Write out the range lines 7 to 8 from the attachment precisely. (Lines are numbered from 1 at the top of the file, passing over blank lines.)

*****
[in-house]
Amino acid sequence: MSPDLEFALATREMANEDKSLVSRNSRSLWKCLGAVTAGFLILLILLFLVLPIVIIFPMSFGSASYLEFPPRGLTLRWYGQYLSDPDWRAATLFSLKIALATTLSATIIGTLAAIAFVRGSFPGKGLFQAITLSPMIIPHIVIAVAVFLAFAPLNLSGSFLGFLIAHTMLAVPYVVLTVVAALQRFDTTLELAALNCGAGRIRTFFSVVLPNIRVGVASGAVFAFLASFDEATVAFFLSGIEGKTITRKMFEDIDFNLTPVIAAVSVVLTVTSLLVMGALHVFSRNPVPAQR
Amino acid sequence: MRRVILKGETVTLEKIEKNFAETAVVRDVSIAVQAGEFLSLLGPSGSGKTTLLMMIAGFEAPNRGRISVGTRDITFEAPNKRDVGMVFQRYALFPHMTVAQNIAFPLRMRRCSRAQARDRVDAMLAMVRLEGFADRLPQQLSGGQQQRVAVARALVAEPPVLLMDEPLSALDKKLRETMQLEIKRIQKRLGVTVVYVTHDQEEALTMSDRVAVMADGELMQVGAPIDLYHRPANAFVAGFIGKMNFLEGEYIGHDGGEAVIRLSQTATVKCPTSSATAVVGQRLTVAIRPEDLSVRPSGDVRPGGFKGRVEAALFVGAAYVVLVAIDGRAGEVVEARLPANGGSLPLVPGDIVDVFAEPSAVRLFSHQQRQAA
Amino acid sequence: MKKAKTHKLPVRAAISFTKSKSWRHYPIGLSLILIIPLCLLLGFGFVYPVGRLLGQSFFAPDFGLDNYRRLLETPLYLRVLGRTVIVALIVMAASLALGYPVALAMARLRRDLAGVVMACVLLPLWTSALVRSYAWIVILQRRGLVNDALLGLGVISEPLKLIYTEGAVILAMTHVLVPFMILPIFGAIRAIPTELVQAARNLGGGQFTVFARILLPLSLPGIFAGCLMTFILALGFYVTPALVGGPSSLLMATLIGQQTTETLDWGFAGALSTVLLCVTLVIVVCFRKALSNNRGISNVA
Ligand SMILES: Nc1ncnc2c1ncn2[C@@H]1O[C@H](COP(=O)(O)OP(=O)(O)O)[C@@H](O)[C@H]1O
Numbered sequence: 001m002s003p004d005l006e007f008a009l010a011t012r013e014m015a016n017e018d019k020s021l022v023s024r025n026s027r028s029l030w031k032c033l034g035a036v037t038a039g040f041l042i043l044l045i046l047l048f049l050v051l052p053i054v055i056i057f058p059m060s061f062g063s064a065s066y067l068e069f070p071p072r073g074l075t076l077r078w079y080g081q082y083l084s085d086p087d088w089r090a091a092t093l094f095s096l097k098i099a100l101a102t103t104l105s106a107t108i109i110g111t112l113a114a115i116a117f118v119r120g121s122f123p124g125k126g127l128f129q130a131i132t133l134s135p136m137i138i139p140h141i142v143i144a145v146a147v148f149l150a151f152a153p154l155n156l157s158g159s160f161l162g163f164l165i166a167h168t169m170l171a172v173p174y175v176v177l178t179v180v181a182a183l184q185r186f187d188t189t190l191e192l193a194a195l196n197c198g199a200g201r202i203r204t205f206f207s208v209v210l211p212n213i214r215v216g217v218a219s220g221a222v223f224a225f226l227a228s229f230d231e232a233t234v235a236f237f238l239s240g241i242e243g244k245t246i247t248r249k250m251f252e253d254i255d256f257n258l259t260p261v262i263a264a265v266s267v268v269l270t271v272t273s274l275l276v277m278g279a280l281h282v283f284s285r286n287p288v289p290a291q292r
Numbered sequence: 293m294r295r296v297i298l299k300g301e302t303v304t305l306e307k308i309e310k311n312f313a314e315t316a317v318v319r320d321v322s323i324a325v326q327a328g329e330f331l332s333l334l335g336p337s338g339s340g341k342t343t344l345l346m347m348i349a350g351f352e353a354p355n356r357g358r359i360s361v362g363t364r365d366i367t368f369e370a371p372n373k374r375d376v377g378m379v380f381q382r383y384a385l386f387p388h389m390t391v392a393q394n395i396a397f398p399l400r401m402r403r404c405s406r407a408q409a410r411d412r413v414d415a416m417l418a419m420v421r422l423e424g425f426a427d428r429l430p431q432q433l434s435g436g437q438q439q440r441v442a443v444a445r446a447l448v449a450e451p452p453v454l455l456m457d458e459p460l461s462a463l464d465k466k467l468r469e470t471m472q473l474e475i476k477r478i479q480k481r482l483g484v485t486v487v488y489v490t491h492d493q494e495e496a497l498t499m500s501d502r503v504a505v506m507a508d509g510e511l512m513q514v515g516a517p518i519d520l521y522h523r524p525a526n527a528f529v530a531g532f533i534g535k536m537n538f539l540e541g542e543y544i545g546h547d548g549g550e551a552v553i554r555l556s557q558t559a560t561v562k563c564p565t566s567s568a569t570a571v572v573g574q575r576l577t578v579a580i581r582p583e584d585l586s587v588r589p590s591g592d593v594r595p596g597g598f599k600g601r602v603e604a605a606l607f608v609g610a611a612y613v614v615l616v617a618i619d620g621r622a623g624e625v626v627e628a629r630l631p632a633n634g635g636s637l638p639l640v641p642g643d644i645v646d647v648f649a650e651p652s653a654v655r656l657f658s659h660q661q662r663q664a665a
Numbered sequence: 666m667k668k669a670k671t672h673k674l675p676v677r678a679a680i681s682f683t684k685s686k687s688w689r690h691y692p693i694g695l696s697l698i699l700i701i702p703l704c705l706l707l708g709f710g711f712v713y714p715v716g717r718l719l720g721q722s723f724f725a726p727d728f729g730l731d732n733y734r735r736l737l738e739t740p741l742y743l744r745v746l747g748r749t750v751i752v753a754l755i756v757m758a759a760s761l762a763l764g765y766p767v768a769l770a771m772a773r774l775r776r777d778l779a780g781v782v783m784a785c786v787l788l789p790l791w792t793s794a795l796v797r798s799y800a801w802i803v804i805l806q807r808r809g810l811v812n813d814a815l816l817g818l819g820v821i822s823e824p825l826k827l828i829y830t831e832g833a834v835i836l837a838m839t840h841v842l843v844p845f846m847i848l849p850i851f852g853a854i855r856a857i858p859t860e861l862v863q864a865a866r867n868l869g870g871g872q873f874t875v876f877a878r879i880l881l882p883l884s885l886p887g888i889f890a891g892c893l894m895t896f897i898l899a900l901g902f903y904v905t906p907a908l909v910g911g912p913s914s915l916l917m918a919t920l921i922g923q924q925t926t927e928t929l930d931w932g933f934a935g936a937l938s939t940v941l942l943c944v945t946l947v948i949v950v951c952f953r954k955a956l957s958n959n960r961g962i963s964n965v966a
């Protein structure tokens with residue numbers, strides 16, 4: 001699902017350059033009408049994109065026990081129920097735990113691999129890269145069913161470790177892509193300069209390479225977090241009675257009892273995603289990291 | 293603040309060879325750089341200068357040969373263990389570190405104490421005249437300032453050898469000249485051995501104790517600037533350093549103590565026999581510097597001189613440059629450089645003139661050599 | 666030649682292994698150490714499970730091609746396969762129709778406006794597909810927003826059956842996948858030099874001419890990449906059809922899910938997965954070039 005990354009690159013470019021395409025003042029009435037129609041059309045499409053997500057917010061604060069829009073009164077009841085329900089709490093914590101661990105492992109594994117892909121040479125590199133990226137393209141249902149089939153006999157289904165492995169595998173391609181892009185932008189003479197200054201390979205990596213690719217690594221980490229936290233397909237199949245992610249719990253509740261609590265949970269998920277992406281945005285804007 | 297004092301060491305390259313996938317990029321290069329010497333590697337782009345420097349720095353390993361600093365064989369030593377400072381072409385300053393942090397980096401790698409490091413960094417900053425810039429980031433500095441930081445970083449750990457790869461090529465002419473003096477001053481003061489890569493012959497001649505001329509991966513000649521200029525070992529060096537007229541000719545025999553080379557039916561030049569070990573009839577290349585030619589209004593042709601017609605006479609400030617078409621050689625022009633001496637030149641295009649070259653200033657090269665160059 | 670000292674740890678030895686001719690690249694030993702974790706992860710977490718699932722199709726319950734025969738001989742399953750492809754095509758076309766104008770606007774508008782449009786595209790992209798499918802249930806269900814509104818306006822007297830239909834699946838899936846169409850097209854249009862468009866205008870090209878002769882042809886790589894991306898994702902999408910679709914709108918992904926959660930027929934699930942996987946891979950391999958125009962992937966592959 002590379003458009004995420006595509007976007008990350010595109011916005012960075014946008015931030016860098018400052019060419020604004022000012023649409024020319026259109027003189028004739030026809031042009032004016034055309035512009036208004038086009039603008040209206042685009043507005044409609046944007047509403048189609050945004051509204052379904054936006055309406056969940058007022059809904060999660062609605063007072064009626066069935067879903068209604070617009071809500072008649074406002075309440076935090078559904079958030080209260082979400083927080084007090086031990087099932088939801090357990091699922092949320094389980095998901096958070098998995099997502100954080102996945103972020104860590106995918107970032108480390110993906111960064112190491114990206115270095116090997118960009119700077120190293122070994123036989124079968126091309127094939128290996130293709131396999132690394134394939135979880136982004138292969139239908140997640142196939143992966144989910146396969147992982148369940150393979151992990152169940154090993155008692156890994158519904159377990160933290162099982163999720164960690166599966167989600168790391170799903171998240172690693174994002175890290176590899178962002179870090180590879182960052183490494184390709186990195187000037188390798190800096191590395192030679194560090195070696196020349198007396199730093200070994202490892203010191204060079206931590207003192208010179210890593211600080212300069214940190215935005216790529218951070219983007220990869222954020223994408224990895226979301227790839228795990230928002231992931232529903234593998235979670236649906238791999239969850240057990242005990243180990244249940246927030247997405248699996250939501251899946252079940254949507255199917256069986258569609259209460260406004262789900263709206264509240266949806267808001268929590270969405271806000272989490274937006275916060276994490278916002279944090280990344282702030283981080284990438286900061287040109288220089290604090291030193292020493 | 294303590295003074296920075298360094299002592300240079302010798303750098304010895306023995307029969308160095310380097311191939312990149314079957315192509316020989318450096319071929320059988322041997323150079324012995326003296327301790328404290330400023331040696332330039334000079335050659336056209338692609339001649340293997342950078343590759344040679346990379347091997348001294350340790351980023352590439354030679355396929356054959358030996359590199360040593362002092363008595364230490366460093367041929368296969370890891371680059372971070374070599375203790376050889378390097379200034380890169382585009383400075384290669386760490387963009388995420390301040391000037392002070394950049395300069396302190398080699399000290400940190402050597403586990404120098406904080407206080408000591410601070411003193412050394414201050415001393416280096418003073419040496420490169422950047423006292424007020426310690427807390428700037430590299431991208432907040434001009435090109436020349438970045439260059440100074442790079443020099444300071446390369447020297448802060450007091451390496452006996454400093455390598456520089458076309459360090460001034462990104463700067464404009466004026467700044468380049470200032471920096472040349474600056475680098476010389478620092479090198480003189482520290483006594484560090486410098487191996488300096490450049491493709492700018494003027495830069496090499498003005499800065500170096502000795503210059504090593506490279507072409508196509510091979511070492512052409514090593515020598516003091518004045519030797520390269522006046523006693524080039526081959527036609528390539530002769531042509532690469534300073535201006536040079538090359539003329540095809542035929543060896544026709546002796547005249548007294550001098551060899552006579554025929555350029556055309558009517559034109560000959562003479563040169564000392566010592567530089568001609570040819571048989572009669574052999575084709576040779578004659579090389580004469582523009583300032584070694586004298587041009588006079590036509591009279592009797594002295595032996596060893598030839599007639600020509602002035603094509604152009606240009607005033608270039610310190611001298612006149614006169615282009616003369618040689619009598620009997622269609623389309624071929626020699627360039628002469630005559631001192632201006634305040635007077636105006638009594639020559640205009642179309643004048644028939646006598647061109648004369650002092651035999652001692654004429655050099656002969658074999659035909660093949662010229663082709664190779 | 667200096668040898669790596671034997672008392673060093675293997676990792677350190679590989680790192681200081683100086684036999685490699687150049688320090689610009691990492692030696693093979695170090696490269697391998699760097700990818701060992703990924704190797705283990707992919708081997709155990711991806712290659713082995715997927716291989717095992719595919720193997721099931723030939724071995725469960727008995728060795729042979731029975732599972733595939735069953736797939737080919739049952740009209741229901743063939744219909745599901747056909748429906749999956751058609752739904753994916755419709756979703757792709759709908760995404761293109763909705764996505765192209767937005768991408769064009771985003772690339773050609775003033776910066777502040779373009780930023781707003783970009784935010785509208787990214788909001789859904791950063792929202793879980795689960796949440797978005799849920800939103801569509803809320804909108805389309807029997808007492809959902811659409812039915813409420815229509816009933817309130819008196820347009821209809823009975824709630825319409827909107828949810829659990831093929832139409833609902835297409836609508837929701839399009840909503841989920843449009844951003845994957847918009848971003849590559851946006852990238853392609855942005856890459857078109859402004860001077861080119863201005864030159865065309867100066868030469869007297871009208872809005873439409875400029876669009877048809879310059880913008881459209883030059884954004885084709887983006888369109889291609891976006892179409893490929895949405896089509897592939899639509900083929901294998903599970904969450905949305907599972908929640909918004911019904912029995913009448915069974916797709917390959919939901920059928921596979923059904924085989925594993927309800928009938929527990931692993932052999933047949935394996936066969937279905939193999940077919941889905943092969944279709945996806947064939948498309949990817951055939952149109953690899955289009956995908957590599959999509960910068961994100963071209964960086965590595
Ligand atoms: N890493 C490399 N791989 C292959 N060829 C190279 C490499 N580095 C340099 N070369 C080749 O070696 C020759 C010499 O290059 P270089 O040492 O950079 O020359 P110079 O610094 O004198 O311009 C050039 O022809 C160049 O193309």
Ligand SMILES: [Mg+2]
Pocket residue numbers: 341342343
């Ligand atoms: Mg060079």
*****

Numbered sequence: 293m294r295r296v297i298l299k300g301e302t303v304t305l306e307k308i309e310k311n312f313a314e315t316a317v318v319r320d321v322s323i324a325v326q327a328g329e330f331l332s333l334l335g336p337s338g339s340g341k342t343t344l345l346m347m348i349a350g351f352e353a354p355n356r357g358r359i360s361v362g363t364r365d366i367t368f369e370a371p372n373k374r375d376v377g378m379v380f381q382r383y384a385l386f387p388h389m390t391v392a393q394n395i396a397f398p399l400r401m402r403r404c405s406r407a408q409a410r411d412r413v414d415a416m417l418a419m420v421r422l423e424g425f426a427d428r429l430p431q432q433l434s435g436g437q438q439q440r441v442a443v444a445r446a447l448v449a450e451p452p453v454l455l456m457d458e459p460l461s462a463l464d465k466k467l468r469e470t471m472q473l474e475i476k477r478i479q480k481r482l483g484v485t486v487v488y489v490t491h492d493q494e495e496a497l498t499m500s501d502r503v504a505v506m507a508d509g510e511l512m513q514v515g516a517p518i519d520l521y522h523r524p525a526n527a528f529v530a531g532f533i534g535k536m537n538f539l540e541g542e543y544i545g546h547d548g549g550e551a552v553i554r555l556s557q558t559a560t561v562k563c564p565t566s567s568a569t570a571v572v573g574q575r576l577t578v579a580i581r582p583e584d585l586s587v588r589p590s591g592d593v594r595p596g597g598f599k600g601r602v603e604a605a606l607f608v609g610a611a612y613v614v615l616v617a618i619d620g621r622a623g624e625v626v627e628a629r630l631p632a633n634g635g636s637l638p639l640v641p642g643d644i645v646d647v648f649a650e651p652s653a654v655r656l657f658s659h660q661q662r663q664a665a
Numbered sequence: 666m667k668k669a670k671t672h673k674l675p676v677r678a679a680i681s682f683t684k685s686k687s688w689r690h691y692p693i694g695l696s697l698i699l700i701i702p703l704c705l706l707l708g709f710g711f712v713y714p715v716g717r718l719l720g721q722s723f724f725a726p727d728f729g730l731d732n733y734r735r736l737l738e739t740p741l742y743l744r745v746l747g748r749t750v751i752v753a754l755i756v757m758a759a760s761l762a763l764g765y766p767v768a769l770a771m772a773r774l775r776r777d778l779a780g781v782v783m784a785c786v787l788l789p790l791w792t793s794a795l796v797r798s799y800a801w802i803v804i805l806q807r808r809g810l811v812n813d814a815l816l817g818l819g820v821i822s823e824p825l826k827l828i829y830t831e832g833a834v835i836l837a838m839t840h841v842l843v844p845f846m847i848l849p850i851f852g853a854i855r856a857i858p859t860e861l862v863q864a865a866r867n868l869g870g871g872q873f874t875v876f877a878r879i880l881l882p883l884s885l886p887g888i889f890a891g892c893l894m895t896f897i898l899a900l901g902f903y904v905t906p907a908l909v910g911g912p913s914s915l916l917m918a919t920l921i922g923q924q925t926t927e928t929l930d931w932g933f934a935g936a937l938s939t940v941l942l943c944v945t946l947v948i949v950v951c952f953r954k955a956l957s958n959n960r961g962i963s964n965v966a